Pictures Speak Louder Than Words In Anti-Smoking Campaigns

FDA-approved anti-smoking ad

In public health efforts to encourage Americans to quit smoking, graphic anti-smoking visuals could be more effective than written warnings about tobacco, particularly in reaching diverse groups of smokers. A new study suggests that FDA-approved images depicting the consequences of smoking — such as blackened lungs, cancers, and even death — had a more powerful impact on adult smokers than simply receiving written warnings cautioning against the habit.

Researchers from the Legacy Foundation and the Harvard School of Public Health delivered anti-smoking materials to over 3,000 adult smokers, and the participants who received graphic images reported feeling more “upset, scared and motivated to quit” than those who received anti-tobacco material only in writing. Those results remained constant across racial and socioeconomic groups — a significant finding, researchers said, since low-income and non-white Americans tend to be much more likely to smoke than the general population.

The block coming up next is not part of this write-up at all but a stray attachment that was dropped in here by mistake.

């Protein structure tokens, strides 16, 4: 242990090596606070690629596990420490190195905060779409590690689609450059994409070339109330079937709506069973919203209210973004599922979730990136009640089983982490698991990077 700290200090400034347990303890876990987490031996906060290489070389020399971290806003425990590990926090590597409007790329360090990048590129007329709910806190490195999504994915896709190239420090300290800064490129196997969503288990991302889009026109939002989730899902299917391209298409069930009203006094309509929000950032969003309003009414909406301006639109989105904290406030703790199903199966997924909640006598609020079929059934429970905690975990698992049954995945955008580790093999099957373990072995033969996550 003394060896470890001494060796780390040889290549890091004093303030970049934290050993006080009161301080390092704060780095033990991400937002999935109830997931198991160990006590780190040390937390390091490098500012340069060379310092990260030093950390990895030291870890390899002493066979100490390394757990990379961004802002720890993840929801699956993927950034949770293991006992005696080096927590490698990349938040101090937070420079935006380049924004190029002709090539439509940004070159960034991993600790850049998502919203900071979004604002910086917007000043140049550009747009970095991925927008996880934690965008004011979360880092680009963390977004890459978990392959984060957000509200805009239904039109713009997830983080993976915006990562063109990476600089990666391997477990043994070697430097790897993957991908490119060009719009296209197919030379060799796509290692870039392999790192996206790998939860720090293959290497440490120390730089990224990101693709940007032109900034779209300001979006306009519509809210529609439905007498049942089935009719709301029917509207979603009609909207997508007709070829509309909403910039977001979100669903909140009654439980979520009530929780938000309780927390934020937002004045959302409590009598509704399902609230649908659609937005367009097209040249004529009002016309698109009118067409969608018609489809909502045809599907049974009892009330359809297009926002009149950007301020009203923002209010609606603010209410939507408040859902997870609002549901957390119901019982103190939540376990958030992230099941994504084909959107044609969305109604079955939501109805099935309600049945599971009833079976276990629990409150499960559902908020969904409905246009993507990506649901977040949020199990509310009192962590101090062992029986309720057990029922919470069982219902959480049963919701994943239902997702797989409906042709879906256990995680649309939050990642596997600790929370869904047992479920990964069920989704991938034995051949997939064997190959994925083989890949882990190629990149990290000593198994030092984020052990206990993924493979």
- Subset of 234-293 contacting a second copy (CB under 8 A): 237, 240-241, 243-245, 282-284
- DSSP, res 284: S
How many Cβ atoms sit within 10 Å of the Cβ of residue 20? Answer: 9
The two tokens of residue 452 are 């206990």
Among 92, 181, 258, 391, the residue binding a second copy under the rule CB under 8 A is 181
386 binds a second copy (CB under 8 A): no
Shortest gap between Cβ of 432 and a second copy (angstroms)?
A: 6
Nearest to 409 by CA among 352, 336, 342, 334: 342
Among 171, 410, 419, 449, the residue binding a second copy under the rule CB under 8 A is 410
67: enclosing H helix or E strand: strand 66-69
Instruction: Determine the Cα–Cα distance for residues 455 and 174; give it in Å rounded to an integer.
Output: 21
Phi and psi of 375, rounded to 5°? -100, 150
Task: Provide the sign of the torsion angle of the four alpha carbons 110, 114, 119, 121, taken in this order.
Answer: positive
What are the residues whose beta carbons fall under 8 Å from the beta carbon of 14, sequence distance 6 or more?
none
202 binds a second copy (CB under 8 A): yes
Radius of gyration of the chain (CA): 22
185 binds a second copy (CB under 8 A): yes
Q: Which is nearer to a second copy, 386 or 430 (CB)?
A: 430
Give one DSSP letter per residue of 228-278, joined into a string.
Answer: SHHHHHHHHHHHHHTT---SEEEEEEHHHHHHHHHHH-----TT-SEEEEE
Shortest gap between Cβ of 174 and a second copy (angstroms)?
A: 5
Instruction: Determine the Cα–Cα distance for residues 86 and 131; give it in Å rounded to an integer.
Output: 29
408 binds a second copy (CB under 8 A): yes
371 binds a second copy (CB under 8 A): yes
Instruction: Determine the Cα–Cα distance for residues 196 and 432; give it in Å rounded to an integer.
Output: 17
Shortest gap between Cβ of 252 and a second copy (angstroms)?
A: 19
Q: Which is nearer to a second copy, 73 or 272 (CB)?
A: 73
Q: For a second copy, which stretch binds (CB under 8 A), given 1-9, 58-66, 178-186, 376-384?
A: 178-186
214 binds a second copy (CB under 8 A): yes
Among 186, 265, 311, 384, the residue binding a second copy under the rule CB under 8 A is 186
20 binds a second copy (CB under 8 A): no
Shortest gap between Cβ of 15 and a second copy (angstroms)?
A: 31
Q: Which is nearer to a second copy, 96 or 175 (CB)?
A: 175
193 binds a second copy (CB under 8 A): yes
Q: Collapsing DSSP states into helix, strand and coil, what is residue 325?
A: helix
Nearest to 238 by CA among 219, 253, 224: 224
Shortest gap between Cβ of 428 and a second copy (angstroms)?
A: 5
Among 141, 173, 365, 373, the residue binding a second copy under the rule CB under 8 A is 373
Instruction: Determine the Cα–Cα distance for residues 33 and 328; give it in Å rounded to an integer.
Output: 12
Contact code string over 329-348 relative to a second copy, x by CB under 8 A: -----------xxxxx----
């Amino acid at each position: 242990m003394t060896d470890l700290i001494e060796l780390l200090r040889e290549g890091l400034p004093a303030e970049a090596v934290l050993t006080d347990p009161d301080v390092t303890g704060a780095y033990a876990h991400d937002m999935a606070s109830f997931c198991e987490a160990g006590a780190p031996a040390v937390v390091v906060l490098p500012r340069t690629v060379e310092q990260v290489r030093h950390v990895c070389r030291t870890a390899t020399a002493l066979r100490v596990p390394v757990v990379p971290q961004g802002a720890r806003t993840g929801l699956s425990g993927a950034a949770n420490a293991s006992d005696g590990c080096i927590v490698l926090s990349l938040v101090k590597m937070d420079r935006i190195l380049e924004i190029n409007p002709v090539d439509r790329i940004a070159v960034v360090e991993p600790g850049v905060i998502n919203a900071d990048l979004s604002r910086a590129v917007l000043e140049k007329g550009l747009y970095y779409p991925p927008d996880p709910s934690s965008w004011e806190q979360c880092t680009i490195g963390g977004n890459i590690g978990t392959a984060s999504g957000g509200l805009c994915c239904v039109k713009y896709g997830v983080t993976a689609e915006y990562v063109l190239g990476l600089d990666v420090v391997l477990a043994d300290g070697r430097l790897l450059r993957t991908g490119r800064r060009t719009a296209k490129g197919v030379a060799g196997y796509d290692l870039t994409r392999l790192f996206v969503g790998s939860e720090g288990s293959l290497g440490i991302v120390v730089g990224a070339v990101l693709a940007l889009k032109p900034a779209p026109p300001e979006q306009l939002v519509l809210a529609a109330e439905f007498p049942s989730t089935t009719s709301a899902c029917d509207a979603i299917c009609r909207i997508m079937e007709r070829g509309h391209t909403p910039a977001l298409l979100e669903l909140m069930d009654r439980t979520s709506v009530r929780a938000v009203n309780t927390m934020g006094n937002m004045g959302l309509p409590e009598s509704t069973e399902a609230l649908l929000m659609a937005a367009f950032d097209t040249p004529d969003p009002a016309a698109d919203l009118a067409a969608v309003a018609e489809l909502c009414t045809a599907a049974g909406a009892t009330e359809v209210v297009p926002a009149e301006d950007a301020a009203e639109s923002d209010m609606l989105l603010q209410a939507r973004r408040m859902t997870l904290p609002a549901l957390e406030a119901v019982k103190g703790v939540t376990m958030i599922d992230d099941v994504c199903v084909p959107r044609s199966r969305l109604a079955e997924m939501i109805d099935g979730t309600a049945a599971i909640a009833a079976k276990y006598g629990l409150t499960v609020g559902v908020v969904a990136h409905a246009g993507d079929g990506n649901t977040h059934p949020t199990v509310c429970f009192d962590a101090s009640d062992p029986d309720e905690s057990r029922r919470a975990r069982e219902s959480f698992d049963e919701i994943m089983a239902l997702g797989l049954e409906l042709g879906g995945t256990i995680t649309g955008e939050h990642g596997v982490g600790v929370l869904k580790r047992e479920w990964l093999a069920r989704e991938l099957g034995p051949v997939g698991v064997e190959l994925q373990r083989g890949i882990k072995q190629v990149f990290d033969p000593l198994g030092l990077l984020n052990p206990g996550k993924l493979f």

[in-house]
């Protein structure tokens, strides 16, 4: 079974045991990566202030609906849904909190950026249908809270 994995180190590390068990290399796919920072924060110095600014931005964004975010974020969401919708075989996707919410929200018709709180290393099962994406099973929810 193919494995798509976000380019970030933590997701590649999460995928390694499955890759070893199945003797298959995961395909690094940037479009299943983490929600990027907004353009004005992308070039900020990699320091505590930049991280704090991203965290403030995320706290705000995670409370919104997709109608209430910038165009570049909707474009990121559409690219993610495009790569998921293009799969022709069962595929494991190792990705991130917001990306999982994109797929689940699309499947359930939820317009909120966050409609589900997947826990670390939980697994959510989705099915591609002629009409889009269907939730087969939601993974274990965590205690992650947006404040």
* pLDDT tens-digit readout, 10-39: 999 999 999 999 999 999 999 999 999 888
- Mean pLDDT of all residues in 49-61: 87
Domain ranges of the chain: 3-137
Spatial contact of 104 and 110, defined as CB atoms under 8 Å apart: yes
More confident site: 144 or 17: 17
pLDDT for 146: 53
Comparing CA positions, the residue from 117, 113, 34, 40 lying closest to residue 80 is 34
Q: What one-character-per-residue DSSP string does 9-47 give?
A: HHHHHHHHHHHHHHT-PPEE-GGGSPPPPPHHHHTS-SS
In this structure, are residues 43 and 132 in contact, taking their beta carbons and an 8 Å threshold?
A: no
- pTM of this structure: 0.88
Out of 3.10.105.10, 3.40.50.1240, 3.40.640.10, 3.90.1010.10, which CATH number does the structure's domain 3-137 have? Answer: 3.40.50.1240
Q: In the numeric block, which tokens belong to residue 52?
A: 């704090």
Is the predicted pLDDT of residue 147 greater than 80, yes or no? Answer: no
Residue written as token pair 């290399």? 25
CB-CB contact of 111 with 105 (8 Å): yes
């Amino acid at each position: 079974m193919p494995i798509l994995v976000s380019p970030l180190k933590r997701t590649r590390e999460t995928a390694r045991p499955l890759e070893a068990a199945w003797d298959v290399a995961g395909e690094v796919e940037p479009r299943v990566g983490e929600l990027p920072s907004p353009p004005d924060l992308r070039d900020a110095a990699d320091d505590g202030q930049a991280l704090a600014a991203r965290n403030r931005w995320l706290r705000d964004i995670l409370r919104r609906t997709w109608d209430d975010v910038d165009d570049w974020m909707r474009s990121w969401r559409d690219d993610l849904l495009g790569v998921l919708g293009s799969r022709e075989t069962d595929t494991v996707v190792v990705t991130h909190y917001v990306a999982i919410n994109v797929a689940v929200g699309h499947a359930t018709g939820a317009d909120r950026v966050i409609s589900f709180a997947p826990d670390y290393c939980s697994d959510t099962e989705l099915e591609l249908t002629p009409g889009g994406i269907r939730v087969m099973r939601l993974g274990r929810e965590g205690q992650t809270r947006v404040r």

“Interventions that have a positive impact on reducing smoking among the general population have often proven ineffective in reaching disadvantaged groups, worsening tobacco-related health disparities,” Jennifer Cantrell, the Assistant Director for Research and Evaluation at the Legacy Foundation, said in a statement. “It’s critical to examine the impact of tobacco policies such as warning labels across demographic groups.”

Cantrell pointed out that the graphical labels seemed to be “one of the few tobacco control policies that have the potential to reduce communication inequalities across groups.”

Although teen smoking rates dropped to record lows at the end of last year, about 20 percent of the general U.S. population still smokes. But those rates rise significantly for low-income Americans, people of color, and the LGBT community.

Tobacco-related diseases remain the leading cause of death in the United States, claiming more than 400,000 lives each year. Nonetheless, austerity policies have led states to slash funding for their effective anti-smoking programs over the past decade.